Other features which are considered as characteristic for the invention are set forth in the appended claims.

Although the invention is illustrated and described herein as embodied in a device and a method for contactless transmission of power or data, it is nevertheless not intended to be limited to the details shown, since various modifications and structural changes may be made therein without departing from the spirit of the invention and within the scope and range of equivalents of the claims.

The construction and method of operation of the invention, however, together with additional objects and advantages thereof will be best understood from the following description of specific embodiments when read in connection with the accompanying drawings.

BRIEF DESCRIPTION OF THE DRAWINGS

FIG. 1 is a schematic and block circuit diagram of a device according to the invention;

FIGS. 2a to 2 d are schematic diagrams showing exemplary embodiments of the device according to FIG. 1;

FIG. 3 is a schematic and block circuit diagram of a circuit configuration (equivalent circuit diagram) for altering a resonant frequency of a resonant circuit; and

FIGS. 4a to 4 h are graphs of signal diagrams of the circuit configuration according to FIG. 3.

DESCRIPTION OF THE PREFERRED EMBODIMENTS

Referring now to the figures of the drawings in detail and first, particularly, to FIG. 1 thereof, there is seen an inventive device for contactless transmission of power or data which has an LC resonant circuit (series resonant circuit or parallel resonant circuit) including a resistor R, a capacitor C and a coil L. The resonant circuit is excited to oscillation by a generator or oscillator 1 with an excitation frequency fE.

An alternating magnetic field for transmitting power or data is generated by such oscillation. Moreover, such a resonant circuit can also be excited to oscillation by an external alternating magnetic field, as a result of which power or data is are received externally.

Every resonant circuit has a natural frequency, which is also called a resonant frequency fR, that is determined by the inductance of the coil L and the capacitance of the capacitor C of the components of the resonant circuit which are used (total impedance): f R = 1 L C

Figure US06703920-20040309-M00001

In a series or parallel resonant circuit, the resonant frequency fR is essentially determined by the inductance of the coil L and by the capacitance of the capacitor C. The resistor R has essentially no influence on the resonant frequency fR. For this reason, the resistor R is ignored in the following consideration.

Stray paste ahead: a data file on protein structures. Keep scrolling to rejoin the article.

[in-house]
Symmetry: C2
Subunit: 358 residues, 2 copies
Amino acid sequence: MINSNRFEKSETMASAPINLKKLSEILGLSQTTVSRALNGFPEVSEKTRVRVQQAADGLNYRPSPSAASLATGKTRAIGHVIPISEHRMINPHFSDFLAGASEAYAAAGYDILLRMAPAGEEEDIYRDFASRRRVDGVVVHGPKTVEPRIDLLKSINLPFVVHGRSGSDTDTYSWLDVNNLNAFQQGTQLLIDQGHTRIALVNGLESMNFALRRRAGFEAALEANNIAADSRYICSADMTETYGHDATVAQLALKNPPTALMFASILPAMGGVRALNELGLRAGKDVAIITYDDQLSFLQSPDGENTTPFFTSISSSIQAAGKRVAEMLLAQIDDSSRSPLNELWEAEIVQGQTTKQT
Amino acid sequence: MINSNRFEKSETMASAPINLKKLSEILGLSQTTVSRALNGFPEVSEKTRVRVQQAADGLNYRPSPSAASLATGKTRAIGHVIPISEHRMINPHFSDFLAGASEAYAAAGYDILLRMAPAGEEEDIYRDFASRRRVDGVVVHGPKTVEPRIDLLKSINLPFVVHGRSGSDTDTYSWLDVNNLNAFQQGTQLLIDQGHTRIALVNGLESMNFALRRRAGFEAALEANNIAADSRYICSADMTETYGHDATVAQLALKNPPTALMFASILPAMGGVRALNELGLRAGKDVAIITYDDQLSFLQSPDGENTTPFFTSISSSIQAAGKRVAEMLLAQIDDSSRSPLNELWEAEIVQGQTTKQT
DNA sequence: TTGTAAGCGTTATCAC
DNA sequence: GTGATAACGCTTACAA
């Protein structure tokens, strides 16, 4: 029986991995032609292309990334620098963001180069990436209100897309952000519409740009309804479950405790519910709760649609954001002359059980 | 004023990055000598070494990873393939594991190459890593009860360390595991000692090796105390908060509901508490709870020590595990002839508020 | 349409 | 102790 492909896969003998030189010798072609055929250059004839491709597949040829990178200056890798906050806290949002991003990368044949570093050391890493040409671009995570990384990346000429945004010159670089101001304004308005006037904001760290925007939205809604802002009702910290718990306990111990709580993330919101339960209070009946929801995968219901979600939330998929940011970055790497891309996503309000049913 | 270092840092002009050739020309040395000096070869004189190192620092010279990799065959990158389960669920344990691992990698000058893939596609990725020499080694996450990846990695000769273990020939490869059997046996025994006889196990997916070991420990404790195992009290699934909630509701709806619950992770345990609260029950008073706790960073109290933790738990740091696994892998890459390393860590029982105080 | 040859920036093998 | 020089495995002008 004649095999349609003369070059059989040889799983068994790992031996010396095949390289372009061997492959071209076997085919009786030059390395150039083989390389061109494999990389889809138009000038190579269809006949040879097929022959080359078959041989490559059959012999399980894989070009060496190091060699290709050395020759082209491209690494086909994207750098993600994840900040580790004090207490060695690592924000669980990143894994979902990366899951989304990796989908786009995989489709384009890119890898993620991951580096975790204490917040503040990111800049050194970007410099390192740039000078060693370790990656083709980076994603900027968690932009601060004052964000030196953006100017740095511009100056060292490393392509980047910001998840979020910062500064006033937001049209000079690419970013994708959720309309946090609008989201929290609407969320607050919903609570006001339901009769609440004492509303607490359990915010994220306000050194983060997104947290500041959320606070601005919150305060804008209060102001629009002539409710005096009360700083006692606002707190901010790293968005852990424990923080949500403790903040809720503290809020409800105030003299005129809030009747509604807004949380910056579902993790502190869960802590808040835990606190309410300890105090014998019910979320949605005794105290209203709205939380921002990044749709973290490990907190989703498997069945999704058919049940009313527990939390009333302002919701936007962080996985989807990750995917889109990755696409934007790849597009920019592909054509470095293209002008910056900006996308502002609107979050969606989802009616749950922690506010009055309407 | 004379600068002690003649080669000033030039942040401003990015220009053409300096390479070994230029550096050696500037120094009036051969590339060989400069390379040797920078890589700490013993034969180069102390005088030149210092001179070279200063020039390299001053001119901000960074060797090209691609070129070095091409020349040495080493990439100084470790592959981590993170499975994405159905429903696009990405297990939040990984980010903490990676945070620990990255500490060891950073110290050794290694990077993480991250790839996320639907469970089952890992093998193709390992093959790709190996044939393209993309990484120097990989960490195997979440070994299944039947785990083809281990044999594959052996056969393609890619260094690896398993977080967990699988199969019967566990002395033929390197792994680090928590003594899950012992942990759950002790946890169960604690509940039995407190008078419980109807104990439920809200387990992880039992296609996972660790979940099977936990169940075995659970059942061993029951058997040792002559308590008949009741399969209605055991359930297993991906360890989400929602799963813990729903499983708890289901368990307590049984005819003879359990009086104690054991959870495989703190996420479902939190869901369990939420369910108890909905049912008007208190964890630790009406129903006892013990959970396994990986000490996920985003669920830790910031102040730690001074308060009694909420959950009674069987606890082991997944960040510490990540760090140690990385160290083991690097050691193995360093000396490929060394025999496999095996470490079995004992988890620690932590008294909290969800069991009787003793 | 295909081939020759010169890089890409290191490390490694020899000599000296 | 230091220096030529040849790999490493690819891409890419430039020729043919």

In order to transmit power or data, the resonant circuit is made to oscillate at the excitation frequency fE by the oscillator 1 which has an excitation parameter. The excitation parameter being used may be an output voltage u or an output current i of the oscillator 1. A non-illustrated frequency divider may additionally be disposed between the oscillator 1 and the resonant circuit. The frequency divider divides the oscillator frequency down to the desired excitation frequency fE.

The generated oscillation intensity (amplitude) of the signal to be transmitted or of the received signal is known to be highest when the resonant circuit is excited with an excitation frequency fE that is equal to the resonant frequency fR. This applies both to the transmission and to the reception of power or data. If the excitation frequency fE of the received oscillation differs from the resonant frequency fR of the resonant circuit, then the received intensity decreases.

The resonant frequency fR of the resonant circuit may be shifted relative to the desired resonant frequency fR due to component tolerances, aging of components or temperature influences. Optimum conditions for the transmission and reception of data or power are achieved when the resonant frequency fR corresponds approximately to the excitation frequency fE. For this purpose, the invention provides for the impedance of the resonant circuit to be altered by continuously switching-in a tuning impedance ZAR in such a way that the resonant frequency fR is matched to the excitation frequency fE.

For this purpose, detuning, that is to say the difference between the excitation frequency fE and the resonant frequency fR, is measured and, as a function thereof, the tuning impedance ZAR is effectively switched into or out of the resonant circuit at specific time intervals, that is to say only in a phasewise manner, through the use of a timing control device 2 and a switch 3. In this case the effective magnitude of the tuning impedance ZAR which is controlled in this way is steplessly variable and determined in such a way as to produce a new resonant frequency fR that is matched to the excitation frequency fE. The resonant circuit can also be adjusted to a fixedly predetermined degree of detuning with the aid of the control device 2.